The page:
Book Review – Viewpoints Critical (By: L. E. Modesitt Jr.)

I had never heard of L. E. Modesitt Jr. when I picked up Viewpoints Critical because the cover was interesting. And a collection of short stories from a “bestselling” fantasy/sci-fi author I had never heard of was something I was willing to give a chance, but the dollar store $1 stickers didn’t bode well. Still, the themes seemed interesting and the back blurb sucked me in. I started as soon as I could.

I feel like going through every story in a collection might get tedious, and, in many cases, spoil the story (there’s only so much I can say about something that’s sometimes as little as five pages without going there). And to that end, it is fortunate that Modesitt has a few distinct genres or “types” of stories to group the overall “mood” of the book into. Unfortunately the writing within some of these groups is highly variable. Some of the stories in this book were first published in the 1970s, and in my opinion there is a clear line where he improves until he starts publishing novels and the stories become much more hit and miss.

The book starts off fairly strong, with a few economic/political/corporate stories: The Great American Economy, Rule of Law, and Power To… ?. And while that might sound boring, or like I’m being sarcastic they are actually refreshing story scenarios with interesting ideas to someone like me who doesn’t read books about subjects like that very often. The ideas here are all pretty clever (though Modesitt doesn’t handle the “dismount” or explanation {so to speak} very well, it being more clunky than I’d like) and are probably influenced by his career in the EPA and similar areas after being in the Navy as a pilot (both things that are mentioned in the book, as he gives brief introductions to each story). And speaking of him being a pilot, there are a few stories obviously inspired by that experience.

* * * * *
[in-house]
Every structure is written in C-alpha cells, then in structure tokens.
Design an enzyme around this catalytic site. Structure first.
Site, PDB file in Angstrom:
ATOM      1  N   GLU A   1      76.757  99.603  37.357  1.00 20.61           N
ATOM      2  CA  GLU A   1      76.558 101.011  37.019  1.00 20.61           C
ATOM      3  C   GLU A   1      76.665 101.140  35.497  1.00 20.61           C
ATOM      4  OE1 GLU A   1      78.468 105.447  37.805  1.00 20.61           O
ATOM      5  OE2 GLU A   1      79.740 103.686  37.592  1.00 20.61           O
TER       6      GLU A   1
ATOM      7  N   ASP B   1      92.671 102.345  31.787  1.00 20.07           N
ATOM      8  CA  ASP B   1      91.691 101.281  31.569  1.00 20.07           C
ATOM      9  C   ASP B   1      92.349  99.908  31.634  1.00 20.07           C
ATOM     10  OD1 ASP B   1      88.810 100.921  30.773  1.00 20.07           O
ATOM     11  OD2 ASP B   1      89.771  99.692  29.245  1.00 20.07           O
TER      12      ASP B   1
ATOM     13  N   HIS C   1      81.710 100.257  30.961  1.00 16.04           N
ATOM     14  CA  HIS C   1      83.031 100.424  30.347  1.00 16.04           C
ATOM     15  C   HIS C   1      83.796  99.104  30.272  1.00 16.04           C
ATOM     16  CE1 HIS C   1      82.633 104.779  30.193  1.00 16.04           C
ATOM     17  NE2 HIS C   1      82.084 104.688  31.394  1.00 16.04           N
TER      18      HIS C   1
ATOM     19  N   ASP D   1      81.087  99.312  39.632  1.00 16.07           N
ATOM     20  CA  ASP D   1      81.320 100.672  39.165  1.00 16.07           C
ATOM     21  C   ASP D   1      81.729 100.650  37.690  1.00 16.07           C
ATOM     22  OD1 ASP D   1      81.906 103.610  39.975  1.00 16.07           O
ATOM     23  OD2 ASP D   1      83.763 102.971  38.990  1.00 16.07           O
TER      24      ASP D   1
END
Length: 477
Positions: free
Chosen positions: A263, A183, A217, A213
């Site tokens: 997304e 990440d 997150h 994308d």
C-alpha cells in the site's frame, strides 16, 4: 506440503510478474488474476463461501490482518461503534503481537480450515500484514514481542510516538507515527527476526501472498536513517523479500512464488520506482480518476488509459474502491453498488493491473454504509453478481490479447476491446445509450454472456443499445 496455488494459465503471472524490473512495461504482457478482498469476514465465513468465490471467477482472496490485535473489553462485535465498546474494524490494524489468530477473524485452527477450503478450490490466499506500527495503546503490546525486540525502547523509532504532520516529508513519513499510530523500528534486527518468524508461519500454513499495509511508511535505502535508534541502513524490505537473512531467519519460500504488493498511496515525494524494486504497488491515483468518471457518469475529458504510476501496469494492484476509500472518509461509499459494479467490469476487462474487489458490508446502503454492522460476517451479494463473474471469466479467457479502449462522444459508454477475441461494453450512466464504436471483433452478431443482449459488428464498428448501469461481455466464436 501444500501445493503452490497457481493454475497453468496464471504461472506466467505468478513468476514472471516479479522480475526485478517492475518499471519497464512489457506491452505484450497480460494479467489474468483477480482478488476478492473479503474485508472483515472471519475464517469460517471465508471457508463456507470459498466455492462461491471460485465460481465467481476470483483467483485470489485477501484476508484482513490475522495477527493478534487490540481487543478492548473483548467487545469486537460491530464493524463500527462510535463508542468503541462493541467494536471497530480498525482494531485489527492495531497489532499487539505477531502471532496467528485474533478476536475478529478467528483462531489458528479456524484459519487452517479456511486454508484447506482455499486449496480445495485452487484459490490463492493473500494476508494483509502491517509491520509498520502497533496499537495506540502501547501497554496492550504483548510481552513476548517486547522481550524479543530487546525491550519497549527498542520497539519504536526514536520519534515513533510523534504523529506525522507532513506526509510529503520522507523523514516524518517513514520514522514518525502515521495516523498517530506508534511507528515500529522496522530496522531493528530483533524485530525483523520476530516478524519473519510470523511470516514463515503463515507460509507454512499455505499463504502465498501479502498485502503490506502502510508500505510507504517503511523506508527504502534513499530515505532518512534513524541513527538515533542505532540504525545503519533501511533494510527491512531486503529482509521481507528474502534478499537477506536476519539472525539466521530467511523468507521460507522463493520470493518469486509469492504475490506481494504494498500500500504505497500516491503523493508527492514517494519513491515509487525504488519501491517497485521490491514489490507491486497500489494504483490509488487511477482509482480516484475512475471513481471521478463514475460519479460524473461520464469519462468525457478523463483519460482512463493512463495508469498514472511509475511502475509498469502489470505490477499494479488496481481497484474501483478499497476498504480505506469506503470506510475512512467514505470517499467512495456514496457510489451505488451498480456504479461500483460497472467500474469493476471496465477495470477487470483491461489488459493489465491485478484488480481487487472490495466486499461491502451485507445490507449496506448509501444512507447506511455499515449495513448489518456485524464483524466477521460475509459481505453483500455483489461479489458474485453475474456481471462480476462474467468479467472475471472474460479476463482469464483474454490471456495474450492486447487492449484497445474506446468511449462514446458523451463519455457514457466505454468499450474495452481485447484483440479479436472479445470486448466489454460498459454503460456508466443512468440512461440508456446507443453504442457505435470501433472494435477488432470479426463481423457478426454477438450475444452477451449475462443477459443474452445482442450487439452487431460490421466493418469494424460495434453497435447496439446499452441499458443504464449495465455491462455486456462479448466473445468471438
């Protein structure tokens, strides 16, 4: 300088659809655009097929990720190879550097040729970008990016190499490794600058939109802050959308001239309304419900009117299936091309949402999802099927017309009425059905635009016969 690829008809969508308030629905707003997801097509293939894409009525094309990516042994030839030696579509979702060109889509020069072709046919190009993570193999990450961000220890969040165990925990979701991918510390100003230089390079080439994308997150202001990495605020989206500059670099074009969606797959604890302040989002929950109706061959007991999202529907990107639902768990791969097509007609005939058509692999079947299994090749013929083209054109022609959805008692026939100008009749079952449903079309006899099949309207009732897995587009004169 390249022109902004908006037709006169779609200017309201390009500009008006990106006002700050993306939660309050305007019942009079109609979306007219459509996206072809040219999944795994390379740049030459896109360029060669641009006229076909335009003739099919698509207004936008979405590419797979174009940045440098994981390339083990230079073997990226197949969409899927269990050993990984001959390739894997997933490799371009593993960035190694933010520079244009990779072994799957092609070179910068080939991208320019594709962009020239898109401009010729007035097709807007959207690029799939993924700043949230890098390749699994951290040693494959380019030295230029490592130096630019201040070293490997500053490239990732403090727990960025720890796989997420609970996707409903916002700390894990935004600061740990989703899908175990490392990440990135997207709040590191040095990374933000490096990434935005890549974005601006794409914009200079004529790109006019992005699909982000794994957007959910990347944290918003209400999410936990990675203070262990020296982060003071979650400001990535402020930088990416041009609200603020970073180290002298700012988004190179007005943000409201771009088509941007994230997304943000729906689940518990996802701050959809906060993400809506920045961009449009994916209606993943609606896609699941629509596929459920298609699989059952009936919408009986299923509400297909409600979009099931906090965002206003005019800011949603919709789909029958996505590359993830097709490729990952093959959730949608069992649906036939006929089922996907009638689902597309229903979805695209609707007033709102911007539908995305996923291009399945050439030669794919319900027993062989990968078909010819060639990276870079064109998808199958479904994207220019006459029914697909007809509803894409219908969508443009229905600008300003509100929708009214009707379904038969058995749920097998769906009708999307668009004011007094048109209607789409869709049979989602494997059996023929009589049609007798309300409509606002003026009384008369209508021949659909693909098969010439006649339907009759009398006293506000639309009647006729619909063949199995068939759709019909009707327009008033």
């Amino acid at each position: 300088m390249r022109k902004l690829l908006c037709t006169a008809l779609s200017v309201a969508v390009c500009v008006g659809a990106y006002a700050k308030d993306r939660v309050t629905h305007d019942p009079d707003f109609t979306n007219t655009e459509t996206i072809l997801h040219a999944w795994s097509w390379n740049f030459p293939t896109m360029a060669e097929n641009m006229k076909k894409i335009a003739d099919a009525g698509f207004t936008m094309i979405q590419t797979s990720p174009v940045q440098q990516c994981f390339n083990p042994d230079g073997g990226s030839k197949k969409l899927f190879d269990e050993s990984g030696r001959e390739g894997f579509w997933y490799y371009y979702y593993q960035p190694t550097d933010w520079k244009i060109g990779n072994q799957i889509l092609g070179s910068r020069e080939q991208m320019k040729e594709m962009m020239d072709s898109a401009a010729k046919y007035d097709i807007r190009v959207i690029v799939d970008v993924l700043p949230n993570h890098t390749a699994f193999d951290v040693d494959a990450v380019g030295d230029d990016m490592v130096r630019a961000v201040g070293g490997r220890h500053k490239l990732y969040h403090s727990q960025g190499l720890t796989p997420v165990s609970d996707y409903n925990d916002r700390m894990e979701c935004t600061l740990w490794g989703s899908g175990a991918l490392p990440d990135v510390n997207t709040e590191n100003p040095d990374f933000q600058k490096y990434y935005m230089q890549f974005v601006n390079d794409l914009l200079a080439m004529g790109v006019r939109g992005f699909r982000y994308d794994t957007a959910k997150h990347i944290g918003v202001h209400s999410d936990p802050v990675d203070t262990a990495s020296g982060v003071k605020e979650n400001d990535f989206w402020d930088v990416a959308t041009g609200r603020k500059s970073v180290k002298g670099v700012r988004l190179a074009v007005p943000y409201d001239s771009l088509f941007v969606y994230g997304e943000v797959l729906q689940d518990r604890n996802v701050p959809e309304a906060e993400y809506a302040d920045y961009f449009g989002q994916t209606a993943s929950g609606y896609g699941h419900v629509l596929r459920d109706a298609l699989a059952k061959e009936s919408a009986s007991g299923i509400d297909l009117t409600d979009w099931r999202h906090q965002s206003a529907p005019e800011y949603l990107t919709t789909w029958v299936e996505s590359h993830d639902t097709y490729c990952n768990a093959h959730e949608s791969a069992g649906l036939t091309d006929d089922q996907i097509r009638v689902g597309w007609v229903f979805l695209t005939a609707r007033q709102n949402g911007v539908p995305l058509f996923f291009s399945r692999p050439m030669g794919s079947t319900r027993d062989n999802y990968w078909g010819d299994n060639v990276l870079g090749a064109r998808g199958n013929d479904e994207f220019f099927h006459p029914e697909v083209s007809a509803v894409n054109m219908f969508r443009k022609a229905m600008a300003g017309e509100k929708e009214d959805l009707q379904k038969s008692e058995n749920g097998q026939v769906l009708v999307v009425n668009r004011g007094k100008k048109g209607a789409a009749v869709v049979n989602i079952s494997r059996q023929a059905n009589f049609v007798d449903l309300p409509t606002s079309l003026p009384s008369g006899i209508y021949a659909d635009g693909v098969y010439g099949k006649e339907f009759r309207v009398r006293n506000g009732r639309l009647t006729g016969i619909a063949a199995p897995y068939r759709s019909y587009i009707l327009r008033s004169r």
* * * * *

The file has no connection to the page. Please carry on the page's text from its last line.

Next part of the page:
Second Coming, Iron Man, Plastic Ships, Always Outside the Lines: Four Battles, The Pilots, and The Swan Pilot are all in the pilot-inspired section to various degrees (and Spec-Ops is a military-inspired story as well). And they deal with many of the problems that were faced by pilots (or the armed forces in general) in the Vietnam War (though my main interactions have been with Air Force pilots) (The Pilots in particular is directly related to, but strangely distant from, Vietnam) in various sci-fi ways. Frustration with the problems of supply, “upgrading”, rules of engagement, and objective vagueness are all conveyed in an understandable and “soldier-like” manner, though there is a bit of “over-jargoning”. At some points, several sentences of actions being taken (usually by a pilot) go by and I have to scan back through them to get my translation of what happened (it’s usually something like “he turned left, but there are problems”).

The remaining stories are a mixed bag in terms of theme and how well they’re written. The two stores that take place in Modesitt’s “Recluse” universe: Black Ordermage, and Sisters of Sarronym, Sisters of Westwind are wonderfully written and well characterized stories that made me want to delve deeper into the word they are in (I have since bought one of the “Recluse” books, hopefully it’s the relatively “grounded” fantasy world it appears to be). Another, Beyond the Obvious Wind, is an “alternate history” to events in the Corean Chronicles that is good enough to make me wish it was part of the canon so I wouldn’t have to re-learn anything if I got into the series. Ghost Mission is also based in one of Modesitt’s many (as you may be able to tell) universes that’s more “steampunk-y” and has the advantage of not being almost too long for me to call it a short story, but I’m not sure how long I want to spend in that world, as the genre doesn’t grab me. It’s similar in its brevity to the previously mentioned Always Outside the Lines… (which also feels like it might be in a world fleshed out in other books) and they both convey what seems to be a hatred of Mormons, specifically ones in alternate histories that form independent states. And finally for those that are part of larger universes: Second Coming introduces as its lead a character who would later be followed in a novel I might want to read at some point (though the sci-fi seems fairly stereotypical).